Facebook also collects information on you and your location, in addition to information and activity from the Facebook ‘family’ – Instagram (yes, it knows what images you like), Messenger (yes, it can read your chats), Community and WhatsApp.

As of November 2016, Facebook has halted the use of WhatsApp data for advertising use in Europe after concerns were raised over user privacy and contact information – particularly users mobile phone numbers. Facebook has merely paused it’s use of WhatsApp data, so if you’re really not keen for advertisers to have access to your mobile number in future, you might want to consider finding another instant messenger service. 


How to take control of ad settings

settings

Further control can be taken over how ads behave on your Facebook page by heading to your settings (which you’ll find in the top right of your main Facebook screen).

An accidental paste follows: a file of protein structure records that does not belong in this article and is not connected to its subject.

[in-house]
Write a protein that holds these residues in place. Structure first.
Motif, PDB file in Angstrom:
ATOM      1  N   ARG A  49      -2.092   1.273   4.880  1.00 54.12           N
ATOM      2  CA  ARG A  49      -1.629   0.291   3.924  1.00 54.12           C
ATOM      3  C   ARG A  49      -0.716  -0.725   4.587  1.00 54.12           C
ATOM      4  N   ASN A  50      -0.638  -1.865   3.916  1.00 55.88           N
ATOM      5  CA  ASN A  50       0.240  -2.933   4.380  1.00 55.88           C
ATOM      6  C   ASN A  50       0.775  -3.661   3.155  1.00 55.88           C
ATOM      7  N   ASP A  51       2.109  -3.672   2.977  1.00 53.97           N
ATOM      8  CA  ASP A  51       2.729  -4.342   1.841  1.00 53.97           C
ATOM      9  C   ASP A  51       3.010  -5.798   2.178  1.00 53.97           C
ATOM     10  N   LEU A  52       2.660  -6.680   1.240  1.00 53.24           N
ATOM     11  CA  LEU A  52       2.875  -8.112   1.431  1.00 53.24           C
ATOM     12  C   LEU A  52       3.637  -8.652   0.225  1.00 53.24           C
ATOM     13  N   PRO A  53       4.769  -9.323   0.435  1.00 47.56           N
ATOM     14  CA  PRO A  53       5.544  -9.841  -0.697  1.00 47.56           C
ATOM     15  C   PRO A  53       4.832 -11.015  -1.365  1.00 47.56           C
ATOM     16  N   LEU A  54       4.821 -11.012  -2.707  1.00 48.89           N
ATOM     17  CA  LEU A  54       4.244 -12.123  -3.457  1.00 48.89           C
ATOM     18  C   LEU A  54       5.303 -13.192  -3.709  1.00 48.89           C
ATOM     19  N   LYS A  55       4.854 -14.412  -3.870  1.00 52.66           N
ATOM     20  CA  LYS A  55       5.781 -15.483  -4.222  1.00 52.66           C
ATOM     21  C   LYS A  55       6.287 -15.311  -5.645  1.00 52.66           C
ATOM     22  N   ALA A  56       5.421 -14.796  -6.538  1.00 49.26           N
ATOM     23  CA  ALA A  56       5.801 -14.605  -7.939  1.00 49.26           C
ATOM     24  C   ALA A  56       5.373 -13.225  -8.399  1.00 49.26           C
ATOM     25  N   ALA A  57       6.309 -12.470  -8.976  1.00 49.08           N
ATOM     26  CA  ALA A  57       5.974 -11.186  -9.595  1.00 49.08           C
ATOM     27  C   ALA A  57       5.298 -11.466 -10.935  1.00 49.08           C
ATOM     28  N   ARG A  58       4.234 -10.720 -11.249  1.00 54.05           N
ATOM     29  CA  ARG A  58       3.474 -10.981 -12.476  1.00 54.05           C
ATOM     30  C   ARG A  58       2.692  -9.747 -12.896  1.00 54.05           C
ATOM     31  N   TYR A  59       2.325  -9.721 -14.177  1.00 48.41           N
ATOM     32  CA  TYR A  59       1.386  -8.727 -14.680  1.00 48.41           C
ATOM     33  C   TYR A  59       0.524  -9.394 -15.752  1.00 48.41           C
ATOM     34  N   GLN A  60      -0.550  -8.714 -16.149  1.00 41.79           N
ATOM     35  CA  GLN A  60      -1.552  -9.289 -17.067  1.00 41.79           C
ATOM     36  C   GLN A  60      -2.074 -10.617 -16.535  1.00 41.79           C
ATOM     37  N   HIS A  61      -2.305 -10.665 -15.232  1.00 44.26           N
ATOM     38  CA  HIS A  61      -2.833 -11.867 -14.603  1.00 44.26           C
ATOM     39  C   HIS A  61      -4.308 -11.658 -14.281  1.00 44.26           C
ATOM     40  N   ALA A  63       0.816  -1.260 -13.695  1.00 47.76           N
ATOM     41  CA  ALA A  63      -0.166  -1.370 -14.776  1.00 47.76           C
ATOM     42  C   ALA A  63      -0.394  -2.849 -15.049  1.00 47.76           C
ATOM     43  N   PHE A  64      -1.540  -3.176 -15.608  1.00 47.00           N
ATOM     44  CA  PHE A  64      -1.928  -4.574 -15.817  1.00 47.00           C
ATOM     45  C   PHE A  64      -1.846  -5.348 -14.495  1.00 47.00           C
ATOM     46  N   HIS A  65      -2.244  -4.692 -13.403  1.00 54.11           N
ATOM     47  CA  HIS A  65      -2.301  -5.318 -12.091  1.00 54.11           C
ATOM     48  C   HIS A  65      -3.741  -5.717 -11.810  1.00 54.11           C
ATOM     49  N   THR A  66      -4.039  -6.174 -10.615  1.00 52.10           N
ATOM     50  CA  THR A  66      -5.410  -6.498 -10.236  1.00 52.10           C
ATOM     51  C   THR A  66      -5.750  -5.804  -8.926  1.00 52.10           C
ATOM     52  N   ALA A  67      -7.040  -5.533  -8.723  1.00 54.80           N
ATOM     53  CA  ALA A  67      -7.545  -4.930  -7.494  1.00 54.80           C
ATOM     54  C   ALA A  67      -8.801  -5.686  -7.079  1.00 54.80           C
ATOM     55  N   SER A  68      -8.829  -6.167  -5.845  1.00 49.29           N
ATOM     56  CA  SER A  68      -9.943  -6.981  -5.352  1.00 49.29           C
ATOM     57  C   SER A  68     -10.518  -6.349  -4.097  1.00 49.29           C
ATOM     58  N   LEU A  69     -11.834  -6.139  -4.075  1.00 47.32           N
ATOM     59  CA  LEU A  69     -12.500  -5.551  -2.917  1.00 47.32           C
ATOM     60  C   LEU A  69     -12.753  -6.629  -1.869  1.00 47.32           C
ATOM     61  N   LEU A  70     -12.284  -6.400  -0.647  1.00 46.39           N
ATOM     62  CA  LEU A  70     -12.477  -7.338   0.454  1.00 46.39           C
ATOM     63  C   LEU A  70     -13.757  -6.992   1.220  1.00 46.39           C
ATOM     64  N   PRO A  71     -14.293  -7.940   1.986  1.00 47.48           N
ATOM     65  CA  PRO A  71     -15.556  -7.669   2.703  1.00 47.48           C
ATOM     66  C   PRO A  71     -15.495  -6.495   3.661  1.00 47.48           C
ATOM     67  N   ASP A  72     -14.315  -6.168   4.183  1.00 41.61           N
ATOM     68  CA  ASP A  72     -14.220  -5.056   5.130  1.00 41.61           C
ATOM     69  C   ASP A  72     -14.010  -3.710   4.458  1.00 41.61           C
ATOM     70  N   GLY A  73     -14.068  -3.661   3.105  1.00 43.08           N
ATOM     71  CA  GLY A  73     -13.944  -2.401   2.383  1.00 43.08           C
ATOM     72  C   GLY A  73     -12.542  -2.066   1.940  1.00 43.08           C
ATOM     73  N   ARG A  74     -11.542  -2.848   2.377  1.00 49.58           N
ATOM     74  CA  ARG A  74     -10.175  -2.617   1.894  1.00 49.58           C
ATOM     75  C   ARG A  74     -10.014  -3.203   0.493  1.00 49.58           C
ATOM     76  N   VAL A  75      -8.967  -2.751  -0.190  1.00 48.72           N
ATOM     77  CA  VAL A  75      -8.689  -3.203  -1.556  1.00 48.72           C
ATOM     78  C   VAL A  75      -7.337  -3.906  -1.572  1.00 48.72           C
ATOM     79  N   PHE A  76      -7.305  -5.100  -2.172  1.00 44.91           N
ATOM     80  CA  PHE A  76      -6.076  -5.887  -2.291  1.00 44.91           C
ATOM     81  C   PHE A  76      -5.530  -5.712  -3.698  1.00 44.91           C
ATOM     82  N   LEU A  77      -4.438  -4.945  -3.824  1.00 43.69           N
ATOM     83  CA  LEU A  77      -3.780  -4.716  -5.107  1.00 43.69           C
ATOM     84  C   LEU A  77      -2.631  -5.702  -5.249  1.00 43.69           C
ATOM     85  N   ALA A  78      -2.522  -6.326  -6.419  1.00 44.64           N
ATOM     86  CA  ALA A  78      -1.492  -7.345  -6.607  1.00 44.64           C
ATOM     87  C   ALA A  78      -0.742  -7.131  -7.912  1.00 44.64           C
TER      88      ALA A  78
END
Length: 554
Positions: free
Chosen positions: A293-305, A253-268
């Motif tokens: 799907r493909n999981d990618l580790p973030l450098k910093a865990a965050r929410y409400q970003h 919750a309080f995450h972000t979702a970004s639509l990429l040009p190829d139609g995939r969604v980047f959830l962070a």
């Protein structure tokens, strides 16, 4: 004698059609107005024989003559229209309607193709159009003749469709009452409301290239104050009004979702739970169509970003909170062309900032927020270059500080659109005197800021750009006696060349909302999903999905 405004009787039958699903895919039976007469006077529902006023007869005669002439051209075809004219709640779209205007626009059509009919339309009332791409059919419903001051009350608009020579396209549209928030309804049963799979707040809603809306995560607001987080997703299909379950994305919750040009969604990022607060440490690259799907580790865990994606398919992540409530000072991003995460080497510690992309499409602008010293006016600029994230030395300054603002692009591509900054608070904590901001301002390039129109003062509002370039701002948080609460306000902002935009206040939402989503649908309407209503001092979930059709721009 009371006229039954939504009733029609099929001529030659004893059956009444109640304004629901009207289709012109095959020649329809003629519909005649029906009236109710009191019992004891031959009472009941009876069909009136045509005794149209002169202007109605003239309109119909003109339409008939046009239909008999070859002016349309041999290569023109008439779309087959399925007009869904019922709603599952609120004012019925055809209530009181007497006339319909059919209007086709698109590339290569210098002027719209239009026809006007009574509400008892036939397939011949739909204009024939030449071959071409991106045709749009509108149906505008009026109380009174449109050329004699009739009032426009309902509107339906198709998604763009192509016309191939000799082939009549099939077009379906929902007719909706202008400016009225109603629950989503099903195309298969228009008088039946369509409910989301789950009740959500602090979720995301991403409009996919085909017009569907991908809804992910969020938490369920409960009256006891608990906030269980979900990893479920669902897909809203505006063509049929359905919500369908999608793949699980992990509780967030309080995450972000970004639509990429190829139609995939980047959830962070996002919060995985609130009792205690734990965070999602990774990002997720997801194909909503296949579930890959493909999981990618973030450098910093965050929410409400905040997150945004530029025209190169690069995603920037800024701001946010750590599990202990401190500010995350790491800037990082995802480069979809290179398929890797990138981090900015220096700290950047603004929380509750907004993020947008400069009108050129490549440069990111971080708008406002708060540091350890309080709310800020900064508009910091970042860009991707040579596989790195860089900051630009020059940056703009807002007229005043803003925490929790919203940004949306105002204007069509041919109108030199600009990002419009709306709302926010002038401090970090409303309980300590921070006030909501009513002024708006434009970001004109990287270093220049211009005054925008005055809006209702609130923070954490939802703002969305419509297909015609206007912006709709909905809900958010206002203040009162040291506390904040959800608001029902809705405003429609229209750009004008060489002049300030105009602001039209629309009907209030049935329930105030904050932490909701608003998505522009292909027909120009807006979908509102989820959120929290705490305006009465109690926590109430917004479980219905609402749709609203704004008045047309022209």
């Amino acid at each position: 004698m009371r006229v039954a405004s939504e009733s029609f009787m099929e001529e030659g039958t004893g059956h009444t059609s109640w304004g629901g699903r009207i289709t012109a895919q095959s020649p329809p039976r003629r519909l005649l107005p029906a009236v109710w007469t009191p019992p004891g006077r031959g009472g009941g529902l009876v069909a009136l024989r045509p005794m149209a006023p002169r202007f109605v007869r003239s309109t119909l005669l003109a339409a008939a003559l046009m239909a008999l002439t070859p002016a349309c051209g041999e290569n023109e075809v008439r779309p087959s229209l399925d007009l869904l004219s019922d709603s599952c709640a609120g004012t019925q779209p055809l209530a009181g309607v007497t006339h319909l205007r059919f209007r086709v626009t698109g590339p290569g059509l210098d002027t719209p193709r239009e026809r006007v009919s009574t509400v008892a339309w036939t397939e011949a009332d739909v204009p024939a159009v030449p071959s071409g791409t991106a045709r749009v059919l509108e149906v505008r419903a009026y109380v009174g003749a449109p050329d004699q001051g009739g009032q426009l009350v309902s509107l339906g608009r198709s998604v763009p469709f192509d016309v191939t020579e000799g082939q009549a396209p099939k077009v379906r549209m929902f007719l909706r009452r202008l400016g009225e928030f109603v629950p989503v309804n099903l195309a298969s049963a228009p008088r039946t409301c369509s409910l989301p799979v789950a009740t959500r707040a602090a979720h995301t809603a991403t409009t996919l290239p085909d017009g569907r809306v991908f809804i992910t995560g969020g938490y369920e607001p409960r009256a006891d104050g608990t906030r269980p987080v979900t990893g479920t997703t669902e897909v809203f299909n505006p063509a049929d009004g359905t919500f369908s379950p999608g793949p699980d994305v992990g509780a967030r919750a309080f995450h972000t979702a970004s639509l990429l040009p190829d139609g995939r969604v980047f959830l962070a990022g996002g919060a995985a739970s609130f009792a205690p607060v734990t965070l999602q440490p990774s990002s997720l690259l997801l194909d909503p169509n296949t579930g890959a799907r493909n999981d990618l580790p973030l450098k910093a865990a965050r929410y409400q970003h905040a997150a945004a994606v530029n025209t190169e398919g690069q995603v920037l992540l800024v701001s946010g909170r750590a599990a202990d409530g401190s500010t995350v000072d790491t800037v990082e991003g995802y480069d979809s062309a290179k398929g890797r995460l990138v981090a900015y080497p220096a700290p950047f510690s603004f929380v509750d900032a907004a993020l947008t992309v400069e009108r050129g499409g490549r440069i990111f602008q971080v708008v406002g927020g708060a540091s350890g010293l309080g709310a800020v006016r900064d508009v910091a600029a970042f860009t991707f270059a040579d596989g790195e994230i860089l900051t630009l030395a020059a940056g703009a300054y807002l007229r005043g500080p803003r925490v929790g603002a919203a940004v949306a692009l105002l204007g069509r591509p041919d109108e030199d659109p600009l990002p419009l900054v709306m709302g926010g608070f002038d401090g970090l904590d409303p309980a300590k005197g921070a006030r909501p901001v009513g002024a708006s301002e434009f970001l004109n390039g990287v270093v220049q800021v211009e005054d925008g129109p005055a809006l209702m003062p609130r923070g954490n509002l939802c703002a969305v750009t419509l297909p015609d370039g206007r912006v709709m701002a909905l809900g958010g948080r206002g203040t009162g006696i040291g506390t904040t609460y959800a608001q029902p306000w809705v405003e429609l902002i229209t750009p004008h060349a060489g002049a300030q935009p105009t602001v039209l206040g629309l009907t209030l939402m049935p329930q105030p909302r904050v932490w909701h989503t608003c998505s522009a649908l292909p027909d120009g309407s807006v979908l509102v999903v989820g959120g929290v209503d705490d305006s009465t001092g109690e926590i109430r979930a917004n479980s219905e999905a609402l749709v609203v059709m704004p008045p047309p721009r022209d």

Here, you can head to Adverts in the menu on the left of your screen. You’re given control over whether you see:

  • Adverts based on your use of websites and apps

  • Show you ads on apps and websites outside of the Facebook companies

  • Adverts that will appear in your friends’ feeds if you like them

  • Adverts based on your preferences

Again, Facebook doesn’t allow you to remove the ability to track each of the above – if you turn these off, they just stop having an influence on the ads that you see, it doesn’t take permission away from Facebook to continue to track you. 

apps